Calvinism under a Cloud?

September 18, 2008

I have spent a cheery day reading John Stachniewski’s The Persecutory Imagination: English Puritanism and the Literature of Religious Despair. This paints Calvin’s theology in dark colours, arguing that his doctrines of election, reprobation, and temporary faith did untold damage to the psyches those that sat under the preaching of Reformed ministers in seventeenth-century England. The puritan self in particular was driven inward in search of signs and marks. This introspection would all too often lead to religious despair and contemporaries recognized that suicide had become a problem in society.

Interesting read. My instinct would be to suspect that those who left spiritual journals, a major source for such a study, would be the sort who would be more inclined to introspection in the first place. Stachniewski anticipates this objection and claims he will build a case to the contrary, so I will have to keep reading. This book is very negative about Reformed theology and describes the typical puritan pastoral approach as ‘morally disgusting’. Anyone else read it? I imagine Chris Ross has. Care to comment?

In the meantime, here is a darkly comic moment as Henry Jessey recalls a meeting between two young women:

‘Mris Sarah saw one walk about and about in a sad habit, and went to her, and asked how shee did, shee answered; In as sad a condition as ever was any. Mris Sarah, None is in a Condition like to mine. So they sate together; and after that, they went together, and spake further of their sad conditions: each counting their own state the worse’.

I call this a case of ‘My cat’s twice as black’. Stachniewski describes it as an ‘edifying contest in ultimate one-downmanship’.

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4 Responses to “Calvinism under a Cloud?”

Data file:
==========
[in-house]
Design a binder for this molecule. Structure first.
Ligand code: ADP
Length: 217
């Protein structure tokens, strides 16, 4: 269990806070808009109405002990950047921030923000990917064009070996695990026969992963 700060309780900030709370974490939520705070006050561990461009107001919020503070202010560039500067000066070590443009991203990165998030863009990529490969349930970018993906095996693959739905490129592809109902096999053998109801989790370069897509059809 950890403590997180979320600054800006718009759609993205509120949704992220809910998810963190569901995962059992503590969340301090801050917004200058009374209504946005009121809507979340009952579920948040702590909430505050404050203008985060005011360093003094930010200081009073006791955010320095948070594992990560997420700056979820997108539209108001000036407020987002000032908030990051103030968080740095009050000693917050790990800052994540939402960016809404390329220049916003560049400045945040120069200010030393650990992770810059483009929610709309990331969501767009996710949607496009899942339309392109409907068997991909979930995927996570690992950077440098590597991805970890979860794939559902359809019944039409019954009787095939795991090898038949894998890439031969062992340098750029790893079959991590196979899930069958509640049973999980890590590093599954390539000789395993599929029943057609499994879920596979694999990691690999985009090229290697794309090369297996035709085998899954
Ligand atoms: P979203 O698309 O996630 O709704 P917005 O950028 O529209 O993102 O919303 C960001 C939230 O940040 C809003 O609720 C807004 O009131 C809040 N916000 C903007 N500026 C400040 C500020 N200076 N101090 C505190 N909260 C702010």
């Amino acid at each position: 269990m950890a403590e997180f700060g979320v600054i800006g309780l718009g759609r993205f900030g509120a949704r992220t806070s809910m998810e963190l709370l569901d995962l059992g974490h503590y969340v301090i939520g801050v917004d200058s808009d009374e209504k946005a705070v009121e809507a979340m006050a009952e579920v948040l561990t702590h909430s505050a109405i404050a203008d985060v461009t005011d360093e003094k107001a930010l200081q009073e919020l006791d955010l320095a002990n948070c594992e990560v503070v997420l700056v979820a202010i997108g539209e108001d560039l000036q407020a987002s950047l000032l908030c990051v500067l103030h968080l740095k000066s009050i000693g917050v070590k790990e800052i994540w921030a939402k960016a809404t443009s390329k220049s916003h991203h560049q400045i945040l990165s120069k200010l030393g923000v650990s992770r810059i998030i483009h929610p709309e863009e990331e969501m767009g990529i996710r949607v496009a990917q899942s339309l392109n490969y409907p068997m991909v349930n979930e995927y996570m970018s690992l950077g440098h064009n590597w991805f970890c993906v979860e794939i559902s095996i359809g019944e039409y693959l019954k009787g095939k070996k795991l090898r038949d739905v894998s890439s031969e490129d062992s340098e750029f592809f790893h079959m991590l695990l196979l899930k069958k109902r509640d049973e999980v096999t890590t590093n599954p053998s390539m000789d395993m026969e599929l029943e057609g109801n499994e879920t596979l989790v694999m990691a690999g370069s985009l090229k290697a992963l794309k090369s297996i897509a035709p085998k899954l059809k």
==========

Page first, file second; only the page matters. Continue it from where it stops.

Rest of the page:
1. Marty Foord Says:

    Hey Richard, I haven’t read the book but I would want to test the hypothesis rigorously using sources properly. For example, anyone who did research on 21st century evangelicalism would think that we have a greater problem that Puritanism because depression and anxiety is rife: many believers are medicated and many Christian books abound about it. But is it the type of evangelicalism that is the cause? That is a complex question.For example, a Christian person prone to depression will naturally talk about their Christianity from a negative perspective, but this doesn’t mean Christianity is the cause, it’s more being affected biologically.

    So we need ways to test how prevalent depression was amongst Christians in the 17th century, find direct links (which is complex due to causes and effects), and that these links do arise from a certain theology.

    Having said all that, the church (in my experience) is a place where mentally ill people tend to congregate for a whole variety of reasons (not least because believers accept them, and that God calls those who aren’t much in the eyes of the world).

    Just my 5 cents worth.

    Blessings, bro.

    Marty.

  2. RS Says:

    Some excellent points there. The nature of the sources and the prevalence of church-going in the period make it impossible to set up a control group.
    I should mention that the author considers Erich Fromm’s paradigm singularly helpful, which should give us some idea of where he is coming from in terms of presuppositions etc.

  3. JD Says:

    Richard,
    Glad to have you back with some light reading material. The type of book that makes a ‘good’ read after a hard day’s work.

  4. RS Says:

    Actually Jim, that is the hard day’s work for me. My ‘light’ reading this week was the Edwin Sandys volume from the Parker Society.


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